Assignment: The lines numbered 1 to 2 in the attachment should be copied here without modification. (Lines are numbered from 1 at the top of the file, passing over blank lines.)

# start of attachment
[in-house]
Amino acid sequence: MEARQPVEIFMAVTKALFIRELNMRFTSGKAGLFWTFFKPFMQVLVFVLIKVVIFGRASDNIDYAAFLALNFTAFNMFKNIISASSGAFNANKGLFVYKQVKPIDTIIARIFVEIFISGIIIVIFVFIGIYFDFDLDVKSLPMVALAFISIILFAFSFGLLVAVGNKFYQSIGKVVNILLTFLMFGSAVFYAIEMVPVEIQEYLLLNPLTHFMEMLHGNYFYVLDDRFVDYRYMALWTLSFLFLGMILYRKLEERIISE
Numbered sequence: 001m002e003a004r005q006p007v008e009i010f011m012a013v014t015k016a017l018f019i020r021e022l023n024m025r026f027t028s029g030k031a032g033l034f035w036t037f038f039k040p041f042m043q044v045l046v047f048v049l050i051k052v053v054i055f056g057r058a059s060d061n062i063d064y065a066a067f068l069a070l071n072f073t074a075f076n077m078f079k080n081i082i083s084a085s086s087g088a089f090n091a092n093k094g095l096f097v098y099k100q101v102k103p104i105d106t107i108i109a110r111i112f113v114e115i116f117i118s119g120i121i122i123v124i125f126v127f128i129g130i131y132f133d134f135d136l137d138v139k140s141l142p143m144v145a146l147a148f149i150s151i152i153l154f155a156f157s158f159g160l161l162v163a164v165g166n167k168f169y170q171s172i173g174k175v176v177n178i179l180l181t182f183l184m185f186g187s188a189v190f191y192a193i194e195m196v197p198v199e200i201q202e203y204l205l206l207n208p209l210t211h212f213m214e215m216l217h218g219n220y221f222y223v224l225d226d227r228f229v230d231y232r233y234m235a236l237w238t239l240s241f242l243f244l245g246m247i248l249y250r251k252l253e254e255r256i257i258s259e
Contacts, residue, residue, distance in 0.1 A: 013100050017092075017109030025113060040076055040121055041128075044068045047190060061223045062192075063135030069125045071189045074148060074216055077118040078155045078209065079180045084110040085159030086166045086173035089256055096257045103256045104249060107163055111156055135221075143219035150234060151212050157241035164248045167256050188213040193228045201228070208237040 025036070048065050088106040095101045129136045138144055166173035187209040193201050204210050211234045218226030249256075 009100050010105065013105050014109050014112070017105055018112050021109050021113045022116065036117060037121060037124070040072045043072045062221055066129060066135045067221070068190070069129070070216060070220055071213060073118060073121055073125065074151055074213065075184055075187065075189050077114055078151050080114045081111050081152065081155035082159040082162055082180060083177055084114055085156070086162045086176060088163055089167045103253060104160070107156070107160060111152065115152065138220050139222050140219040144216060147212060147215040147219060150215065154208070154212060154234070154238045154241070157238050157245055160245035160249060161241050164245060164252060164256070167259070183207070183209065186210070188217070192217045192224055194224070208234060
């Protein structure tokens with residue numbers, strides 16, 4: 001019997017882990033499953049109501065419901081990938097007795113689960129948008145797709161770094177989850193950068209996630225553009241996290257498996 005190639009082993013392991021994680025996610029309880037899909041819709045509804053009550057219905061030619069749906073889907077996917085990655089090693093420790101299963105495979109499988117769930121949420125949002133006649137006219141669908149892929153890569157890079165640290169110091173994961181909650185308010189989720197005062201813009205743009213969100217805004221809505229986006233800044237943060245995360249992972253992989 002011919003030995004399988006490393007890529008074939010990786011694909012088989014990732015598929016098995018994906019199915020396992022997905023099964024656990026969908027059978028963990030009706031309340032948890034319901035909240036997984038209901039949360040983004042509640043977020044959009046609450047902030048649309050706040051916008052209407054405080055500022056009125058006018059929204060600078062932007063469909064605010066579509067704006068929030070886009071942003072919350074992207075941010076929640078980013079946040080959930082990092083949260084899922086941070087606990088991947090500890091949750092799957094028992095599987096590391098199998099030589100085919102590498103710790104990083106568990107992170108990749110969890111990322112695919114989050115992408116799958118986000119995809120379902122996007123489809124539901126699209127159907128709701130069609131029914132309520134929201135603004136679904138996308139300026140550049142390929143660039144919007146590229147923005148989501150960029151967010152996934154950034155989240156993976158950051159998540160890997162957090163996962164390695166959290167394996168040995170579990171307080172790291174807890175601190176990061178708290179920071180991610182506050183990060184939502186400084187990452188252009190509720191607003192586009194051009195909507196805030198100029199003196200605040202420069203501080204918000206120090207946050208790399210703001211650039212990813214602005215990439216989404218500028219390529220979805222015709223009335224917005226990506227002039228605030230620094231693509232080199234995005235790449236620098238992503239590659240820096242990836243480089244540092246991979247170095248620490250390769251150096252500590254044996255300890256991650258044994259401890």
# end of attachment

[in-house]
Amino acid sequence: MEARQPVEIFMAVTKALFIRELNMRFTSGKAGLFWTFFKPFMQVLVFVLIKVVIFGRASDNIDYAAFLALNFTAFNMFKNIISASSGAFNANKGLFVYKQVKPIDTIIARIFVEIFISGIIIVIFVFIGIYFDFDLDVKSLPMVALAFISIILFAFSFGLLVAVGNKFYQSIGKVVNILLTFLMFGSAVFYAIEMVPVEIQEYLLLNPLTHFMEMLHGNYFYVLDDRFVDYRYMALWTLSFLFLGMILYRKLEERIISE